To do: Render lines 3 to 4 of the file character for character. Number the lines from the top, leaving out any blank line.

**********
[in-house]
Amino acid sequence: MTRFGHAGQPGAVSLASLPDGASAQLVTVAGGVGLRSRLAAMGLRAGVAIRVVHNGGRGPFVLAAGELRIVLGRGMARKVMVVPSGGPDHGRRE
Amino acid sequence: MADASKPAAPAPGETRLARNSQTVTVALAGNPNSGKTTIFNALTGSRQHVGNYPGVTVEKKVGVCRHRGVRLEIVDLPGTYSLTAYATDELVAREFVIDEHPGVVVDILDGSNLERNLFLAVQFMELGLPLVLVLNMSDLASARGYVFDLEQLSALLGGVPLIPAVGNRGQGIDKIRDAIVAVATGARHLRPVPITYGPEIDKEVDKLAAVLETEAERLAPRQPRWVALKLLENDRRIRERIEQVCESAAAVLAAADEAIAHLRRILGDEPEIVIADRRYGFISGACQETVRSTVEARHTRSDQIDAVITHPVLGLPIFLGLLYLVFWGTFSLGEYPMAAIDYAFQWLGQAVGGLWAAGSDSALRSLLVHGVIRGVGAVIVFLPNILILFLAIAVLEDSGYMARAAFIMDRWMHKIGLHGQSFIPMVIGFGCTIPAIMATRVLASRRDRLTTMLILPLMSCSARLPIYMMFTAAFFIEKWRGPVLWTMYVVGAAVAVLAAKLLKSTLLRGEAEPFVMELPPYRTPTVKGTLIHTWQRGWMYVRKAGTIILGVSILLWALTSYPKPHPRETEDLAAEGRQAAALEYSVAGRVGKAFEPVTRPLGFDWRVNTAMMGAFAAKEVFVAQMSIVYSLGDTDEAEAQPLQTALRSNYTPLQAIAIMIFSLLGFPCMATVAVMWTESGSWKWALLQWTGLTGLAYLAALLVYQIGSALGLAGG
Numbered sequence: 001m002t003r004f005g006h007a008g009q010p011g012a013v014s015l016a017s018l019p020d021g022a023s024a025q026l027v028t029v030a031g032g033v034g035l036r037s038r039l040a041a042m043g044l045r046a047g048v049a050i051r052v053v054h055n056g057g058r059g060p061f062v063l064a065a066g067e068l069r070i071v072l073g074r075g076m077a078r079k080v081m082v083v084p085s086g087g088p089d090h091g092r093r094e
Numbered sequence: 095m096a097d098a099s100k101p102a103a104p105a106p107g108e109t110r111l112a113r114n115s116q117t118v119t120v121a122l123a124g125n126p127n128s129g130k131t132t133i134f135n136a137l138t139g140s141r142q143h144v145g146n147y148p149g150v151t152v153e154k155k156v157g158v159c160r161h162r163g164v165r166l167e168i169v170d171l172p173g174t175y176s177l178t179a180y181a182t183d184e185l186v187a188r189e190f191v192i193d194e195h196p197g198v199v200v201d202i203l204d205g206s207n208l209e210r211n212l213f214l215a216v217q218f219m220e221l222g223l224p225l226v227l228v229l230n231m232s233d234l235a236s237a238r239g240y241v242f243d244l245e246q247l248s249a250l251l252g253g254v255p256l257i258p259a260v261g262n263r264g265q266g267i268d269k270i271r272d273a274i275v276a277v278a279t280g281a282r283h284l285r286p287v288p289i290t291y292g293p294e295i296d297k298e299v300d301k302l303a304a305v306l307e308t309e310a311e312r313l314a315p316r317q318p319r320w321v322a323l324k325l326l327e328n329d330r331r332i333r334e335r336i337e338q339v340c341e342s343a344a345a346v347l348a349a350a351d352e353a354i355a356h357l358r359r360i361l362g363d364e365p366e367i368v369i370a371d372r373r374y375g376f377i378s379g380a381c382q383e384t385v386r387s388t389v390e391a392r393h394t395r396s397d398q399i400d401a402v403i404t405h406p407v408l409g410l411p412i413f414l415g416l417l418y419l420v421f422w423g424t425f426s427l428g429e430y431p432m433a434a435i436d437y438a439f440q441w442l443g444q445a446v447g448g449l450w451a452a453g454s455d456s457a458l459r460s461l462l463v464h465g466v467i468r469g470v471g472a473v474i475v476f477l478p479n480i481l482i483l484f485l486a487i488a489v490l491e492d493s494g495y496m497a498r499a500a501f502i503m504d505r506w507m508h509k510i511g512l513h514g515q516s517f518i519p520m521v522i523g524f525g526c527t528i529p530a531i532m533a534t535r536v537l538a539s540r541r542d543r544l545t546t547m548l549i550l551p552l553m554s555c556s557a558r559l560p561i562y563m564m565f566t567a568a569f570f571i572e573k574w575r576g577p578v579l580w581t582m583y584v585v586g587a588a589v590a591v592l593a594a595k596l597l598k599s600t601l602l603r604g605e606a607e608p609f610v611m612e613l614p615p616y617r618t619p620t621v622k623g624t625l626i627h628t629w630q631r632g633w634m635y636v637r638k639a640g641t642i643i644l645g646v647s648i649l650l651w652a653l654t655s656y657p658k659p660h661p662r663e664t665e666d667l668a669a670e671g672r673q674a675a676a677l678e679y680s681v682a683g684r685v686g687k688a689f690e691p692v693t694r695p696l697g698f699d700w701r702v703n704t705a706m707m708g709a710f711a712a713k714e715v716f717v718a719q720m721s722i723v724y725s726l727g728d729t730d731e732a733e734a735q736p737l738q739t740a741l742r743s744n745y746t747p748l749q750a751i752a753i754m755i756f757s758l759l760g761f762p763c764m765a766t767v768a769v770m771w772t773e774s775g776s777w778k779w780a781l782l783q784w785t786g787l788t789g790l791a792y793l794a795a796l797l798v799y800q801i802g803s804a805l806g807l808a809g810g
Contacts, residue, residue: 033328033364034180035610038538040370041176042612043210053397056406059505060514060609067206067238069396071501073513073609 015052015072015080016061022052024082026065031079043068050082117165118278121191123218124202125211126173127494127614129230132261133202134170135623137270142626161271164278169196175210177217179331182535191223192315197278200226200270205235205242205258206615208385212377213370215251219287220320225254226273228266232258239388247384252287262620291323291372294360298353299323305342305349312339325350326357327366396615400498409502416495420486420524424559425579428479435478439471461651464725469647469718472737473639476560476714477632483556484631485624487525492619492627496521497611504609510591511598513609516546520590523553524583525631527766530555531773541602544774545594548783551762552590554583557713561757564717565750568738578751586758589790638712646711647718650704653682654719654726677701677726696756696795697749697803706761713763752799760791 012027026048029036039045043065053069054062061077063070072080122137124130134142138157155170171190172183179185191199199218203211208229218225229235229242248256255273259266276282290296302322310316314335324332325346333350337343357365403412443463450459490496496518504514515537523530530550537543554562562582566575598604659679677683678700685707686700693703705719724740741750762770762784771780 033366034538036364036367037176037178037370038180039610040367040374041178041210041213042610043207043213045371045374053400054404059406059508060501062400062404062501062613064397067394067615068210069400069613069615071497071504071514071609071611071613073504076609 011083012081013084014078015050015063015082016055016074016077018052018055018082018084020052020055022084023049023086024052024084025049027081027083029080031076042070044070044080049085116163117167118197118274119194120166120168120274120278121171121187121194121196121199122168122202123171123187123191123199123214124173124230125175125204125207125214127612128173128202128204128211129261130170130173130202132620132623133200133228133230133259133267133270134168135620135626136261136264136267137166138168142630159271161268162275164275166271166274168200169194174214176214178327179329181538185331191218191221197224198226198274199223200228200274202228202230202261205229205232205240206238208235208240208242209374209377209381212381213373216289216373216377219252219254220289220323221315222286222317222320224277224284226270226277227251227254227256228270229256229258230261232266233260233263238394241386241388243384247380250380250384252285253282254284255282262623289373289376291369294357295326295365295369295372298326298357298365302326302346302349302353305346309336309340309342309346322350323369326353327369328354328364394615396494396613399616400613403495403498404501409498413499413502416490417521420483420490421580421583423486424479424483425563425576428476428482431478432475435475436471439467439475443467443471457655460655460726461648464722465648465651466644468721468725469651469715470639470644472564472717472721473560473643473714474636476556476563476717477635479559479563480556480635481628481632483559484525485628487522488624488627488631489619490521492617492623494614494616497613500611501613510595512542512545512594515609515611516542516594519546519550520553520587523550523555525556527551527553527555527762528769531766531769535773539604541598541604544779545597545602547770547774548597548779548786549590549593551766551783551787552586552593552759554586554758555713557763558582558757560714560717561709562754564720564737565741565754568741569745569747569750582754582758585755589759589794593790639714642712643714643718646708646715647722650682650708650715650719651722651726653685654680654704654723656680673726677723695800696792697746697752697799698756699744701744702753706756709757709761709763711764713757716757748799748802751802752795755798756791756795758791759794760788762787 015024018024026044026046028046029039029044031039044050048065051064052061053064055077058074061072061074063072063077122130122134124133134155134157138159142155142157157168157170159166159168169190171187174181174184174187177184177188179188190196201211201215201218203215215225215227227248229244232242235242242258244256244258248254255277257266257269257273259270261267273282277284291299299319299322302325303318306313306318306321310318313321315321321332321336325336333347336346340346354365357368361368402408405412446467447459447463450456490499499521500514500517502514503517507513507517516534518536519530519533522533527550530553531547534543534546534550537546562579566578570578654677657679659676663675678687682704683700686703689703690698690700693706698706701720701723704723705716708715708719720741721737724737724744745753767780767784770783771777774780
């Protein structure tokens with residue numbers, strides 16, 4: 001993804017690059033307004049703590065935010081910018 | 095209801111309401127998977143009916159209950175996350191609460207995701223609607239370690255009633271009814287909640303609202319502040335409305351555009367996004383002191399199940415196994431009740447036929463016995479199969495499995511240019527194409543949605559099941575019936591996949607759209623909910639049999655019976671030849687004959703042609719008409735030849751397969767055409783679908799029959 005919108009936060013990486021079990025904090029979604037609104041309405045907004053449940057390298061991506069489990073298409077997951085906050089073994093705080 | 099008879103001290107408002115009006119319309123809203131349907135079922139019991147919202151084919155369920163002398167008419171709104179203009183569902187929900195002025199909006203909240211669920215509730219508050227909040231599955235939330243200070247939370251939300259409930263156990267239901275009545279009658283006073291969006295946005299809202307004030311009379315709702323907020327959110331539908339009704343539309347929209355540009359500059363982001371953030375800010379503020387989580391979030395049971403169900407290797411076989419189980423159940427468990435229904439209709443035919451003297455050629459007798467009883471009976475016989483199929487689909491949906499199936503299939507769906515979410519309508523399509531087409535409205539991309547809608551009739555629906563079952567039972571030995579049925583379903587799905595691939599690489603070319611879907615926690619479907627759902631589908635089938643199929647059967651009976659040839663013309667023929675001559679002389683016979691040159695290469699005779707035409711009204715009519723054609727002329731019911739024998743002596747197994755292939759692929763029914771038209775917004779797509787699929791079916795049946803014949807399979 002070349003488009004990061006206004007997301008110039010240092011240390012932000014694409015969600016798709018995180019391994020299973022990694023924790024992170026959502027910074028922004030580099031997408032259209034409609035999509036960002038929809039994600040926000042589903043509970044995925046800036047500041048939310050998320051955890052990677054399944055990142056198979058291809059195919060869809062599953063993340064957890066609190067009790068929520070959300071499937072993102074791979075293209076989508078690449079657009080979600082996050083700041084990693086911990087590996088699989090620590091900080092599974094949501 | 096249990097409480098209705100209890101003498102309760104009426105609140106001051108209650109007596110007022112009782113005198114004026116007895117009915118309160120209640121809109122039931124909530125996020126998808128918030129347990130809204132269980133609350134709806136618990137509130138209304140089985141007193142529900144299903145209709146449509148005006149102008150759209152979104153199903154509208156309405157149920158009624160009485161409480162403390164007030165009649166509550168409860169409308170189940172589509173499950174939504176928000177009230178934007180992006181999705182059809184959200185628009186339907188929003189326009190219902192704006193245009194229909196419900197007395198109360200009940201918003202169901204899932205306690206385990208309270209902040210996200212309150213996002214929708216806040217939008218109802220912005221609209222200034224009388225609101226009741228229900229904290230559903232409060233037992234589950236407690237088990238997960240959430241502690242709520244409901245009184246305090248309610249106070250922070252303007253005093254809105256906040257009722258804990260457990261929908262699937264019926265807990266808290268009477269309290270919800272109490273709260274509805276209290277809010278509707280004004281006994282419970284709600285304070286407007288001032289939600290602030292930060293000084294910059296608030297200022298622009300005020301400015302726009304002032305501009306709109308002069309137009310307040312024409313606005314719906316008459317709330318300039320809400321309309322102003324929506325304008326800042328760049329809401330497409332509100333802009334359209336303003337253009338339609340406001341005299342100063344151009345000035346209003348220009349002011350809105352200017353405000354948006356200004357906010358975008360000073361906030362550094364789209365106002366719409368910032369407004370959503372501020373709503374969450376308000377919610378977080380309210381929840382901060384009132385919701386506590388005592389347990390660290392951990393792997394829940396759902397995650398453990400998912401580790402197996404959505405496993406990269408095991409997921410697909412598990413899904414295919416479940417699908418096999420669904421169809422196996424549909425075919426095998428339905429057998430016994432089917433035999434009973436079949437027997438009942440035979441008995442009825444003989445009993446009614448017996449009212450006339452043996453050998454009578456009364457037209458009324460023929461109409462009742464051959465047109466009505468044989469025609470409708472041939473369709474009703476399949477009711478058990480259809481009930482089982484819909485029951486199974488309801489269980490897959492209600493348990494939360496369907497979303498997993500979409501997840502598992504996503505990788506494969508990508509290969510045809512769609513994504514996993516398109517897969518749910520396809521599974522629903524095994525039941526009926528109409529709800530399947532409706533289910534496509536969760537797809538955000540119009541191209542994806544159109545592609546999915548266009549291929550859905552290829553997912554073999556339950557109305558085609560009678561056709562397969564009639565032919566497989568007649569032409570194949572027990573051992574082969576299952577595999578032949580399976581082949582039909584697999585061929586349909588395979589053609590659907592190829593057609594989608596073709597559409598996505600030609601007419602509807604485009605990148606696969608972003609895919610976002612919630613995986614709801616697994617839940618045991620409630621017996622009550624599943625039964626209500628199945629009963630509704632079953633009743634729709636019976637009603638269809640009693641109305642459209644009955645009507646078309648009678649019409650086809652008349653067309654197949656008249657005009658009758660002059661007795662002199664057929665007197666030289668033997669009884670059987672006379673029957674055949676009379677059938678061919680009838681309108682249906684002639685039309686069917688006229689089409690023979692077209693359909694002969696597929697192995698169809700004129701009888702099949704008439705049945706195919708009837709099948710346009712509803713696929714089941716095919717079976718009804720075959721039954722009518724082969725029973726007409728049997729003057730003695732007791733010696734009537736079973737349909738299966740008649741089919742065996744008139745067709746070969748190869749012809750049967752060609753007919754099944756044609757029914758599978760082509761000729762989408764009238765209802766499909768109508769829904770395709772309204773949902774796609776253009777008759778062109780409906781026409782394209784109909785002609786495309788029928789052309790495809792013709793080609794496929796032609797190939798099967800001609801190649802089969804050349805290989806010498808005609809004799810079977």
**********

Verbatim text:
Amino acid sequence: MADASKPAAPAPGETRLARNSQTVTVALAGNPNSGKTTIFNALTGSRQHVGNYPGVTVEKKVGVCRHRGVRLEIVDLPGTYSLTAYATDELVAREFVIDEHPGVVVDILDGSNLERNLFLAVQFMELGLPLVLVLNMSDLASARGYVFDLEQLSALLGGVPLIPAVGNRGQGIDKIRDAIVAVATGARHLRPVPITYGPEIDKEVDKLAAVLETEAERLAPRQPRWVALKLLENDRRIRERIEQVCESAAAVLAAADEAIAHLRRILGDEPEIVIADRRYGFISGACQETVRSTVEARHTRSDQIDAVITHPVLGLPIFLGLLYLVFWGTFSLGEYPMAAIDYAFQWLGQAVGGLWAAGSDSALRSLLVHGVIRGVGAVIVFLPNILILFLAIAVLEDSGYMARAAFIMDRWMHKIGLHGQSFIPMVIGFGCTIPAIMATRVLASRRDRLTTMLILPLMSCSARLPIYMMFTAAFFIEKWRGPVLWTMYVVGAAVAVLAAKLLKSTLLRGEAEPFVMELPPYRTPTVKGTLIHTWQRGWMYVRKAGTIILGVSILLWALTSYPKPHPRETEDLAAEGRQAAALEYSVAGRVGKAFEPVTRPLGFDWRVNTAMMGAFAAKEVFVAQMSIVYSLGDTDEAEAQPLQTALRSNYTPLQAIAIMIFSLLGFPCMATVAVMWTESGSWKWALLQWTGLTGLAYLAALLVYQIGSALGLAGG
Numbered sequence: 001m002t003r004f005g006h007a008g009q010p011g012a013v014s015l016a017s018l019p020d021g022a023s024a025q026l027v028t029v030a031g032g033v034g035l036r037s038r039l040a041a042m043g044l045r046a047g048v049a050i051r052v053v054h055n056g057g058r059g060p061f062v063l064a065a066g067e068l069r070i071v072l073g074r075g076m077a078r079k080v081m082v083v084p085s086g087g088p089d090h091g092r093r094e